Report: 400,000 cars driving on New Zealand roads without WOFs
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While it has been over a year since the first Covid-19 lockdown in New Zealand, the effects of the pandemic restrictions are still painfully obvious, especially on the financial front.
As a result of financial hardship caused by the pandemic, low-income families are struggling to cover vehicle-related costs, and warrant of fitness rates have slipped because of this.
This slip has given New Zealand’s Motor Transport Association (MTA) a reason to ask the government for funding to help low-income groups pay for vehicle inspections and repairs.
An estimated 400,000 cars on Kiwi roads are driving around without current warrants of fitness, which only serves to make these roads even more dangerous for users.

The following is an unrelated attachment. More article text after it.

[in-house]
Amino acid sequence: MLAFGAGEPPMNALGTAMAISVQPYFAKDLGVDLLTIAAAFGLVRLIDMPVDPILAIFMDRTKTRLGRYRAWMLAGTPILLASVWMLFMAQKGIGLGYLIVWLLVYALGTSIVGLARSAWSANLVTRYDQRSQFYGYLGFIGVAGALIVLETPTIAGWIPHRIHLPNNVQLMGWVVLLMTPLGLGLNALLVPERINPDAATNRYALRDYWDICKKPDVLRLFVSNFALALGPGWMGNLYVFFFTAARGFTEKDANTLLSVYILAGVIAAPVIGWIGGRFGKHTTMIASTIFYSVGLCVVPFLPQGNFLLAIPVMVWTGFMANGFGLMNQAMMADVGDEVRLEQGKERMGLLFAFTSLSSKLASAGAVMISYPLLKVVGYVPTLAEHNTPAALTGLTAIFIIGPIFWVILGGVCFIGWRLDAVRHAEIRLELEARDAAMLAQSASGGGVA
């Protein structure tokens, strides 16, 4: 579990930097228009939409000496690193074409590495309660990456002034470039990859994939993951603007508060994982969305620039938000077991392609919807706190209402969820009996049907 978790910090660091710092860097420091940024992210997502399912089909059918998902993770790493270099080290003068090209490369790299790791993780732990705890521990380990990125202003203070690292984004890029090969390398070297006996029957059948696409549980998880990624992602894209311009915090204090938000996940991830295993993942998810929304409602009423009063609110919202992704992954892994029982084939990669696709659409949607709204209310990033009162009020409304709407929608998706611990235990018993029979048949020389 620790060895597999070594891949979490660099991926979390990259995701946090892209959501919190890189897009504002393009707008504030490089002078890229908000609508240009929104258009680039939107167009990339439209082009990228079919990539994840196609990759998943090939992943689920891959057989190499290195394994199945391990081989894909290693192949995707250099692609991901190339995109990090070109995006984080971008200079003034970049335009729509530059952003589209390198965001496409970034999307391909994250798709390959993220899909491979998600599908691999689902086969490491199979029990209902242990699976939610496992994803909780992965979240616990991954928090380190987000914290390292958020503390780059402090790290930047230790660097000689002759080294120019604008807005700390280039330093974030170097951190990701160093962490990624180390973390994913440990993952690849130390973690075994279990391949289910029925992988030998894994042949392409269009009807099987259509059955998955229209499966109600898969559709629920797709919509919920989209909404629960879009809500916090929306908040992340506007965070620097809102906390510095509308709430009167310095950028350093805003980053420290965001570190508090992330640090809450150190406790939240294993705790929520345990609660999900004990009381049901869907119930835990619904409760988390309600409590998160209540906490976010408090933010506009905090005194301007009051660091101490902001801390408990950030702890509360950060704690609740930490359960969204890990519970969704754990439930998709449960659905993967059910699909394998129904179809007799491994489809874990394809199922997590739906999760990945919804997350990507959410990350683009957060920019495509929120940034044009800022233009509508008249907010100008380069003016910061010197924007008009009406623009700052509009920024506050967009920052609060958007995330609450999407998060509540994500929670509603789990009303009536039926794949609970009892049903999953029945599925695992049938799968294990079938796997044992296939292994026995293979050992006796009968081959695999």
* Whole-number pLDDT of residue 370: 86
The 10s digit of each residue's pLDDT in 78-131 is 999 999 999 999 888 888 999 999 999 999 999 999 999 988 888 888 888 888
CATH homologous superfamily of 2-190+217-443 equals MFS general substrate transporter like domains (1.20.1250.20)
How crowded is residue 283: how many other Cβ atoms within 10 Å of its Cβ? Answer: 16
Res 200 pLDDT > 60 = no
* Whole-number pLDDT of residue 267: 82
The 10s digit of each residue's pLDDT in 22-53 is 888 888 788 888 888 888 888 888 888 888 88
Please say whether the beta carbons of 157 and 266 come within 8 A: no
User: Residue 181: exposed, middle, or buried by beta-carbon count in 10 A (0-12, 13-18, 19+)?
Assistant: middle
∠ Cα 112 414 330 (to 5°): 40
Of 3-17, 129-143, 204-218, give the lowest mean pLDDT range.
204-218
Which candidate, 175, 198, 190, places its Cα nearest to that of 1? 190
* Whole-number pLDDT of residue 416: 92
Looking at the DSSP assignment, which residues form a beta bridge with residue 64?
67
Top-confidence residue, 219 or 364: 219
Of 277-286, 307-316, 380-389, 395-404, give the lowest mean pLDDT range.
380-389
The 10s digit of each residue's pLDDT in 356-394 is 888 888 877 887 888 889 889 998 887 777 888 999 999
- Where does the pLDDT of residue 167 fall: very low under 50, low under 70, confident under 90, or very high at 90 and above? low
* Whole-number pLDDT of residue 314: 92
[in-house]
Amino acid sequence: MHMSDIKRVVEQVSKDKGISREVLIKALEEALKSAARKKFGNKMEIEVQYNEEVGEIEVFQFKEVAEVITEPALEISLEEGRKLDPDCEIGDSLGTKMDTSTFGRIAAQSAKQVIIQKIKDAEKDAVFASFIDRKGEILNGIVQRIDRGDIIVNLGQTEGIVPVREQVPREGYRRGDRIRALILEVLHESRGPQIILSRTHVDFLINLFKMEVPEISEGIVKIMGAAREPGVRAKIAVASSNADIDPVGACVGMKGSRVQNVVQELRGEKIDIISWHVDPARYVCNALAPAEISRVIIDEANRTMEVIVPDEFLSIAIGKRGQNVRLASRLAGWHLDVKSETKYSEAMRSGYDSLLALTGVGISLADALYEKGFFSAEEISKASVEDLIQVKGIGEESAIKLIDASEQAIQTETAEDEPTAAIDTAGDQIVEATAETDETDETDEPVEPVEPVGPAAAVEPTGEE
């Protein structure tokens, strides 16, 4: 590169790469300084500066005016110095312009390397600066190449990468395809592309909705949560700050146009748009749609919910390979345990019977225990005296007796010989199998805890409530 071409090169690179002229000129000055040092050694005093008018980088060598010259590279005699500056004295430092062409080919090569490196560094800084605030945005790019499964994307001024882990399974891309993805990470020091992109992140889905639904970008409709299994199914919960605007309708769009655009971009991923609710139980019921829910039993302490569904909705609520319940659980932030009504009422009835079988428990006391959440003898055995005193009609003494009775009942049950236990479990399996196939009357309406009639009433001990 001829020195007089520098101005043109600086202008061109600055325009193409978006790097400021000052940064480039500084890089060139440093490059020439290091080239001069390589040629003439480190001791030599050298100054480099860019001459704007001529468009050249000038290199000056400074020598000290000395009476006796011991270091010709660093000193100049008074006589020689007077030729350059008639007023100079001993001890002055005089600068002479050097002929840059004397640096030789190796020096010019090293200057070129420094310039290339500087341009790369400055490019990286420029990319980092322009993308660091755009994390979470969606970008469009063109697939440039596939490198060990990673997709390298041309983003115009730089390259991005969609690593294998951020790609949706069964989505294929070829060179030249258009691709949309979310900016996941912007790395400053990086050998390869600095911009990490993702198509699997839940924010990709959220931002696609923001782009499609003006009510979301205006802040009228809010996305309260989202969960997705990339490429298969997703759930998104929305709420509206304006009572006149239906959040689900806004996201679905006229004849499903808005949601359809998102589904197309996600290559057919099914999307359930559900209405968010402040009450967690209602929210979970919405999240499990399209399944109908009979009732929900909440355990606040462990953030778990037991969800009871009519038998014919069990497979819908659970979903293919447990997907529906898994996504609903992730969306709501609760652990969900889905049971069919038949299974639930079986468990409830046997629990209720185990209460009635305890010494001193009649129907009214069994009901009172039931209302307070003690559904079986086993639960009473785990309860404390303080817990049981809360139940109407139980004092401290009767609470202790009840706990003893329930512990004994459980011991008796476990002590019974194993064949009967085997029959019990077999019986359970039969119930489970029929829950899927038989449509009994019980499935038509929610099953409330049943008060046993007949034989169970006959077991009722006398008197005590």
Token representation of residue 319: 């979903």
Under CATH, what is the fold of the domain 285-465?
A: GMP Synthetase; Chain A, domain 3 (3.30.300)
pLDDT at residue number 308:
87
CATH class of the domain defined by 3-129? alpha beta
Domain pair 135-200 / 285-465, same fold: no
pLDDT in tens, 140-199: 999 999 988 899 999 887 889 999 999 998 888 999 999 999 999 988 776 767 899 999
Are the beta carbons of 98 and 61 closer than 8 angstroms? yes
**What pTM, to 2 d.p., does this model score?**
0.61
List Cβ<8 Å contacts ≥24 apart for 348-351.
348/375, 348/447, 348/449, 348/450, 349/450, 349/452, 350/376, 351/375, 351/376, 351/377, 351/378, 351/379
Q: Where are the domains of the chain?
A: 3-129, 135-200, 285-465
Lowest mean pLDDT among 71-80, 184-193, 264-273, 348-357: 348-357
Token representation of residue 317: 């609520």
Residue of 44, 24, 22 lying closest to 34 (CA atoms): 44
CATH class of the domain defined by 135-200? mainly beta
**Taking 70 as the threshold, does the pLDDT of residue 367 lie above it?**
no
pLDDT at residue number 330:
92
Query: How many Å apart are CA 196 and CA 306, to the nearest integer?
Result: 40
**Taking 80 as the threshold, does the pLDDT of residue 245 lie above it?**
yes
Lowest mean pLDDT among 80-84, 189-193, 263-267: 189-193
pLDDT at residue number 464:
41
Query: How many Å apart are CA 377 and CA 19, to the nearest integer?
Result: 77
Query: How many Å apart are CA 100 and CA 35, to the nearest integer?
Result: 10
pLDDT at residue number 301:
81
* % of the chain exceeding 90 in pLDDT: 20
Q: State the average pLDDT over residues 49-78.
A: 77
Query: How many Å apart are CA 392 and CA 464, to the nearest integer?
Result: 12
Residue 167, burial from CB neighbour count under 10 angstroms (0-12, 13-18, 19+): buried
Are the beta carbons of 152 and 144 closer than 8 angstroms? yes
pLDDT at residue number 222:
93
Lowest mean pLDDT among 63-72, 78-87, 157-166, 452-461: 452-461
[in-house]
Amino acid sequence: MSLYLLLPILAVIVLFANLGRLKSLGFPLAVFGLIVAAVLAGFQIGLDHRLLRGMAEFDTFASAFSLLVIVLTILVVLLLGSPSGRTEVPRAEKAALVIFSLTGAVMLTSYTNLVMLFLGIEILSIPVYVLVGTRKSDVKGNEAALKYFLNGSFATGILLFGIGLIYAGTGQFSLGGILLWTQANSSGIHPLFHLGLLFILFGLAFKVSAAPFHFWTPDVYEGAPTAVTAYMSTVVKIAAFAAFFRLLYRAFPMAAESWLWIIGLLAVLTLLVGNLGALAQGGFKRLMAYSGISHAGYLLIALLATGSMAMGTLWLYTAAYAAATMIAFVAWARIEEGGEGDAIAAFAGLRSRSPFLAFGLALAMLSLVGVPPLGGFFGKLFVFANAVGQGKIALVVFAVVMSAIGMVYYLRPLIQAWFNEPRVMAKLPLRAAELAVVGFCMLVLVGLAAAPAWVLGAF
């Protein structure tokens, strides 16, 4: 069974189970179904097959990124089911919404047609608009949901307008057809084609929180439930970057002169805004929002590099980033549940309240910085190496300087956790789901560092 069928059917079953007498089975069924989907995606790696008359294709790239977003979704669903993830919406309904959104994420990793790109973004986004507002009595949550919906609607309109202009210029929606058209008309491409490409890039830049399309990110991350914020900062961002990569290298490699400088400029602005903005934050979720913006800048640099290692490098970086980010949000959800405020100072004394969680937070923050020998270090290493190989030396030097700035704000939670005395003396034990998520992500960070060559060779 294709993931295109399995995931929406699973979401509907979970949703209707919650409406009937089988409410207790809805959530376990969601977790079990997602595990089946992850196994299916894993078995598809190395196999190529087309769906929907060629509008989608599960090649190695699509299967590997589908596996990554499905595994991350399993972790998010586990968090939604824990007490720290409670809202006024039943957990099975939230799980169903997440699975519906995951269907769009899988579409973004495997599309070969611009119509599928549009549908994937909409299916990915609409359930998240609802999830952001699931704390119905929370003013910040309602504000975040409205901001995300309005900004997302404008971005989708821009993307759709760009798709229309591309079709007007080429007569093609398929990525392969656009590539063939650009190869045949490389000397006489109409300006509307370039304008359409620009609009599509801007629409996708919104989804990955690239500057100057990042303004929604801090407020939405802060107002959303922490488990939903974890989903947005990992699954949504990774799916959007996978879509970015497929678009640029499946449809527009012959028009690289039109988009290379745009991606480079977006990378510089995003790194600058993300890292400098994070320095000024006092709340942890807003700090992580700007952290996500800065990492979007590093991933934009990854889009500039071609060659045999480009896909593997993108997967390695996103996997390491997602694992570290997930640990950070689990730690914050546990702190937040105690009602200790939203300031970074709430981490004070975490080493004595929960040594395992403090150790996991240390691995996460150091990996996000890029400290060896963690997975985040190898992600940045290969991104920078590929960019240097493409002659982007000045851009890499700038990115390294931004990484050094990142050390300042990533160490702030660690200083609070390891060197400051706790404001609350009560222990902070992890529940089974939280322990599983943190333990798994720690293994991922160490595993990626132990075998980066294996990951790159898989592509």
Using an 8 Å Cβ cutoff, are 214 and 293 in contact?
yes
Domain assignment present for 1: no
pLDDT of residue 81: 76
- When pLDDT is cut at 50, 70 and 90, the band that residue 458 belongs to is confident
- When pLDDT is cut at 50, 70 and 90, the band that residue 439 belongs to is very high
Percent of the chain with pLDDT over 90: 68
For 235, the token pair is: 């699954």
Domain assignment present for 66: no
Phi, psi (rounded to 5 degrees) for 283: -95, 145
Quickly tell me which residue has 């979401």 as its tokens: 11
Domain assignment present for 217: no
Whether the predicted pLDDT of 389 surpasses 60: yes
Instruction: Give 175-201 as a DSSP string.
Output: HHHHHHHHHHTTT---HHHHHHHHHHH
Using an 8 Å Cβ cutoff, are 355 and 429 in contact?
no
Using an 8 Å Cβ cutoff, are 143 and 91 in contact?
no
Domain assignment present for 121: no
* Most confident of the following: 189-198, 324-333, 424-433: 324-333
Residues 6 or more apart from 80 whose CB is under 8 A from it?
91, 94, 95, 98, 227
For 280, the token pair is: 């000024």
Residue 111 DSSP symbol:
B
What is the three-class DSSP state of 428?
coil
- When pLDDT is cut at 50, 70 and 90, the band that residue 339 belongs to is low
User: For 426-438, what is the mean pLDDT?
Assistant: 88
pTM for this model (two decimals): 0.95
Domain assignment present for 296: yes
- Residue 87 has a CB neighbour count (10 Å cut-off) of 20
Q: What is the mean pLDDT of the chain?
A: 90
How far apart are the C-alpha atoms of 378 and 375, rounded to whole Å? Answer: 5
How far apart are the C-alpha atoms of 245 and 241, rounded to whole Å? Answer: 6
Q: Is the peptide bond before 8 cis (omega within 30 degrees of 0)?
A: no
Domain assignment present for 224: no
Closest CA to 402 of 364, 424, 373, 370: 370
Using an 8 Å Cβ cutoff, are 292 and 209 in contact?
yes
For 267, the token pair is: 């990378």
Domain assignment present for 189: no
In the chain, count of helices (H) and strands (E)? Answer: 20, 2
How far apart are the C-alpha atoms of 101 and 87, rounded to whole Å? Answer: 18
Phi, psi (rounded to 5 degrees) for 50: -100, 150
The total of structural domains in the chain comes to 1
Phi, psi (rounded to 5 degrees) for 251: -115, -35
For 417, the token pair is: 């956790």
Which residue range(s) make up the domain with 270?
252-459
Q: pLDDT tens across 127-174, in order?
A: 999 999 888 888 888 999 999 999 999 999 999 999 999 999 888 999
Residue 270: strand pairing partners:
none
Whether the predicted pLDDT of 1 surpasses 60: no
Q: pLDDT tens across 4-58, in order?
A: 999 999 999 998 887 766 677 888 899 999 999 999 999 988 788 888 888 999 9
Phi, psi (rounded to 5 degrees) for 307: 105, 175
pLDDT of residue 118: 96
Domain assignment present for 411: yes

MTA statistics show that the number of crashes where the vehicle's current health was a factor have jumped from five per cent back in 2013 to eleven per cent in the last three years.
With an $85 million government grant, the MTA estimates that it could save around 50 lives per year on New Zealand roads, a programme that would “quickly pay for itself," according to MTA advocacy and strategy manager Greig Epps.
“These are vehicles that are actively registered but have no record of a recent WOF. This is a significant vehicle-safety risk to the lives of the people driving these vehicles, their passengers, and other road users,” he adds.
“We believe financial hardship is a significant factor in the decision to present a vehicle for WOF testing and that this needs to be addressed with a specific programme of support through the Ministry of Social Development for vehicle repairs.”